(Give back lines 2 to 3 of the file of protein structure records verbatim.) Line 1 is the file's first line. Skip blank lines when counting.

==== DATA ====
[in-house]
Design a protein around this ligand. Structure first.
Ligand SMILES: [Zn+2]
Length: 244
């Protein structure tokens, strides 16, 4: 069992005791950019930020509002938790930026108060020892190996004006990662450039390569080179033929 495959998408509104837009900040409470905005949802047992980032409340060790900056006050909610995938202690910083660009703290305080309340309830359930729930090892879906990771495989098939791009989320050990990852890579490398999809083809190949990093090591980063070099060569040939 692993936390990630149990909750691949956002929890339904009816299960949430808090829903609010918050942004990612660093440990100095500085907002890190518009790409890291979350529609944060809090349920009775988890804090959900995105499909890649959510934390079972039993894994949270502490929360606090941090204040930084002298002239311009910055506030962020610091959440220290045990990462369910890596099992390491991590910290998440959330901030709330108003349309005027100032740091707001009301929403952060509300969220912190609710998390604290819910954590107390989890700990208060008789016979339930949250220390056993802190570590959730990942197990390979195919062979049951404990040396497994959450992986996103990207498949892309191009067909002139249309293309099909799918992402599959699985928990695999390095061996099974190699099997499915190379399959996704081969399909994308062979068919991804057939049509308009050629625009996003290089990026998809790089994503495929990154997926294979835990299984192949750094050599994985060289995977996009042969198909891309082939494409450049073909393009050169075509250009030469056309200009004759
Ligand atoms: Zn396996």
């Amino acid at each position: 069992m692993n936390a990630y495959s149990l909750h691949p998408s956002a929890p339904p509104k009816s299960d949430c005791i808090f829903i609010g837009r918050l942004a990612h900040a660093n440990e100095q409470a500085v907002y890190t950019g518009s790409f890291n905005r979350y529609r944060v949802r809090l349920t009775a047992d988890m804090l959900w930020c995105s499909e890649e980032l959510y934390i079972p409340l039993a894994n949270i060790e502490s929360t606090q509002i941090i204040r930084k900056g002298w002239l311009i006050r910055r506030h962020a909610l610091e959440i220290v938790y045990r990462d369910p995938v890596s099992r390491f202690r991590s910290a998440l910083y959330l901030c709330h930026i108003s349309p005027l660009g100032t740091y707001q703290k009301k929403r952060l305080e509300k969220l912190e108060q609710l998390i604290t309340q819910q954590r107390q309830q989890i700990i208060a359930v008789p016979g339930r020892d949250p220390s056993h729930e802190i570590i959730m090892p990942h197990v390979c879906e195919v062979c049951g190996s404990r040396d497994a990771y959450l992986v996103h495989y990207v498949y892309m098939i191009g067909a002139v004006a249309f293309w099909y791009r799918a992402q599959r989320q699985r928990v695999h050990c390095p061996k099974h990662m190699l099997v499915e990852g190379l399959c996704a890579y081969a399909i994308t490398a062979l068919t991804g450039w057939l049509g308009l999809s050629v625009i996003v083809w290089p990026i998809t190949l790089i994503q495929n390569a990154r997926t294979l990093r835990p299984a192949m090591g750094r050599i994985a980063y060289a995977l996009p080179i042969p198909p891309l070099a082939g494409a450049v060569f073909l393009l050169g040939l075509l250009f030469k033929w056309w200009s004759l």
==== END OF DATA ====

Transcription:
Design a protein around this ligand. Structure first.
Ligand SMILES: [Zn+2]